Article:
Solidarity Notes Labour Choir is a group of activists who know that music is more than pleasurable sound. It’s a powerful language to educate and connect us and remind us of our strength and history. Throughout history, struggles for labour and human rights have produced music that inspires and reconnects us to hope and possibility.

Our repertoire consists of labour songs and songs of social justice. The songs balances a sense of history with a desire to sing and inspire the movements of today. We sing songs from past centuries to the present. We look around the world for inspiration. Usually we sing in English, but we also sing in French, Spanish, Yiddish, Arabic, Mandarin, Zulu and Tagalog.

We perform on picket lines, at rallies, conventions, conferences, memorials, and benefits – wherever our music can contribute to social progress.

We have sung with Utah Phillips at the Vancouver International Folk Festival, with the Seattle Labour Chorus at the Paul Robeson Memorial Concert, for Fidel Castro in Cuba, at the Western Workers Heritage Labour Festival in San Francisco, at the Pacific Northwest Labor History’s Association’s Wobbly Festival in Seattle, at the Princeton Traditional Music Festival in Princeton, BC and at Miners’ Memorial Day in Cumberland, BC. However, we are most commonly found singing in Vancouver, on picket lines, at peace marches, demonstrations, memorials and social justice benefits.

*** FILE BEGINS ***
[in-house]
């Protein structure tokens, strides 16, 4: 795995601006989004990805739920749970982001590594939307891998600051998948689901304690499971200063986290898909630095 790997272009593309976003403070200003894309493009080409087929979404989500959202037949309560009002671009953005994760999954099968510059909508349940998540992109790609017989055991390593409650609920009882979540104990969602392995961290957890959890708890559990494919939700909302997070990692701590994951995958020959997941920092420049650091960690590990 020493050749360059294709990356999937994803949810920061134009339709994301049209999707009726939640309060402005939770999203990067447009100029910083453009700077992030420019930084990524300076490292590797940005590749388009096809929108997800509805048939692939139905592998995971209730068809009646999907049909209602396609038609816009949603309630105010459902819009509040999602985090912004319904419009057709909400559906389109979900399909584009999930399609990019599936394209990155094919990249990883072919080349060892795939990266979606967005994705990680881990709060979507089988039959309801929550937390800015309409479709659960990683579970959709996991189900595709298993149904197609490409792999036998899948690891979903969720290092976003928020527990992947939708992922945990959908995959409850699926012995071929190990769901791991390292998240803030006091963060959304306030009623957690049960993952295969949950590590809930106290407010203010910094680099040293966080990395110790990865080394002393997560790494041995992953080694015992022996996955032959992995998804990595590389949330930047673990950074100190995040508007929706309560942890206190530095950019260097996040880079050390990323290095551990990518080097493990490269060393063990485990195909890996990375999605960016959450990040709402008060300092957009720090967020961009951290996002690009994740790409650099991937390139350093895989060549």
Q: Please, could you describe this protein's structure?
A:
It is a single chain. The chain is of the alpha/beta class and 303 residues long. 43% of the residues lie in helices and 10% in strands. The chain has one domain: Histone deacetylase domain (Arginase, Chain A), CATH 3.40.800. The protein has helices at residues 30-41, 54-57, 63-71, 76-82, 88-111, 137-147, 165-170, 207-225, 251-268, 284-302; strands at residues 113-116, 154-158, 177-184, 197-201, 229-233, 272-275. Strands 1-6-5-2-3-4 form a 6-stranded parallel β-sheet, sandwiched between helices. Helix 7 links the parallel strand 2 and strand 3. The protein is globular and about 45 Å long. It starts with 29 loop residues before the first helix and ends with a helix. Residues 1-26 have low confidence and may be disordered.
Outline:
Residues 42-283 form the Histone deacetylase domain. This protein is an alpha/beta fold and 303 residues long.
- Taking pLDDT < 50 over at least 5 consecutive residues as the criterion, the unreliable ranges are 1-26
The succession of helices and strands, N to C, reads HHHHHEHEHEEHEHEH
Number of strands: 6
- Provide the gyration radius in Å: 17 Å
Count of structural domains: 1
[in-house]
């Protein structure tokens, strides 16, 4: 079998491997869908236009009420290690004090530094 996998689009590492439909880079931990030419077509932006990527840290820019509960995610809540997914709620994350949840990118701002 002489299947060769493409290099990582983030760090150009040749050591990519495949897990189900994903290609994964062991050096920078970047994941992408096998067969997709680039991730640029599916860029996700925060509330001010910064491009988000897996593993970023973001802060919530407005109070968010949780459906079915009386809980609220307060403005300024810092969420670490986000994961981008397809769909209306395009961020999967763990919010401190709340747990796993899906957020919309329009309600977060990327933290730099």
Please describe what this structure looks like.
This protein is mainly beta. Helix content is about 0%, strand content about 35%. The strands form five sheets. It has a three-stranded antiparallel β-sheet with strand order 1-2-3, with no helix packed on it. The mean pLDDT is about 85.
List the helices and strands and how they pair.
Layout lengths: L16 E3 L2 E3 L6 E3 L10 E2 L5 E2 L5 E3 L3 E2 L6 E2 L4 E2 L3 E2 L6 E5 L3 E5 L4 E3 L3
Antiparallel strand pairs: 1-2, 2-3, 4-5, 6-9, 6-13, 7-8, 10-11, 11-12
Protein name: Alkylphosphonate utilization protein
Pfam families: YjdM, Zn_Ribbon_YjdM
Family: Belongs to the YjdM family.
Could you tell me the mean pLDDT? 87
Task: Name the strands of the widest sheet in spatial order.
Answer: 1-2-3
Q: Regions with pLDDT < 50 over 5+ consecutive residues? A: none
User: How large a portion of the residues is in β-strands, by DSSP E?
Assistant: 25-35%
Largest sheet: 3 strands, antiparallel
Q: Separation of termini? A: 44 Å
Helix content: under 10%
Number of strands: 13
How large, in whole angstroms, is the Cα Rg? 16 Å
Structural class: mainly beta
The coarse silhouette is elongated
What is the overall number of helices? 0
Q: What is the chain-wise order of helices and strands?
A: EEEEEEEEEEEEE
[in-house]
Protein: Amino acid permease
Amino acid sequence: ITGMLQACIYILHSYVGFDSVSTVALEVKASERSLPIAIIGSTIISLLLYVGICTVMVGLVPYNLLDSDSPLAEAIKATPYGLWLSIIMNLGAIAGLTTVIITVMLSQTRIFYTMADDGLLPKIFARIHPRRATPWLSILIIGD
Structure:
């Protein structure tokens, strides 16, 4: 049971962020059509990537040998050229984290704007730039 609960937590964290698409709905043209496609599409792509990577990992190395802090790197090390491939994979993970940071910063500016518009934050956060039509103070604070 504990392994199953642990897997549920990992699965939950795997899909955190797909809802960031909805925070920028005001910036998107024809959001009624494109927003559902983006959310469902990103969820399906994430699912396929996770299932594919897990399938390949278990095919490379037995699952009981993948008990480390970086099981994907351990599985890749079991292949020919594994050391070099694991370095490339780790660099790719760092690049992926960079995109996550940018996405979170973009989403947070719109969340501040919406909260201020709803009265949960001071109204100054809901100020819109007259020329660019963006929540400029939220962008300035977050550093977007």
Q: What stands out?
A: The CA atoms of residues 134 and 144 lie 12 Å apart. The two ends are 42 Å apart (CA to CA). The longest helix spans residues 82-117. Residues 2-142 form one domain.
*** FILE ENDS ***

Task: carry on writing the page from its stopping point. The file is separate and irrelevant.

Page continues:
We are ordinary people who like to sing and contribute to social change.






You can watch a video of our twenty year celebration that was on zoom on January 30, 2021 at:
Solidarity Notes 20th Anniversary video



“We Shall Not Give Up the Fight”

Water is Life – Mní Wičóni

From the songwriter, Sara Thomsen: This song is inspired by the Standing Rock Sioux Tribe and all the tribes, nations, native and non-native people coming together to protect the land and water threatened by the construction of the Dakota Access Pipeline. The song came to me on my return from Standing Rock. The morning before leaving, a meadowlark was singing right outside my tent.  “Be a lark from the meadow. Be a lark from this meadow,” I heard it sing. We, too, can be larks from the meadow. We too can sing in the new day.

The chorus contains two phrases in Lakota: “Mní Wičóni (mini-we cho-nee) — “Water is Life” and Mitakuye Oyasin (mee-dah-koo-yeh-o-yah-seen) — “All My Relations.”

Women of the BUA (Shull Lumber Mine)

Women of the BUA is based on an actual event which took place in Burnaby in the early 1930’s, during a strike at the Shull Lumber Mill.  A group of women who were members of the Burnaby Unemployed Association showed up in automobiles during a fight between strikers, scabs and police at the mill’s gates.  They were so fierce that the opposition beat a hasty retreat. The story comes from Ronald Liversedge’s Recollections of the On to Ottawa Trek booklet


         “In the dark times

Will there also be singing?

Yes, there will also be singing

About the dark times.”

— Bertold Brecht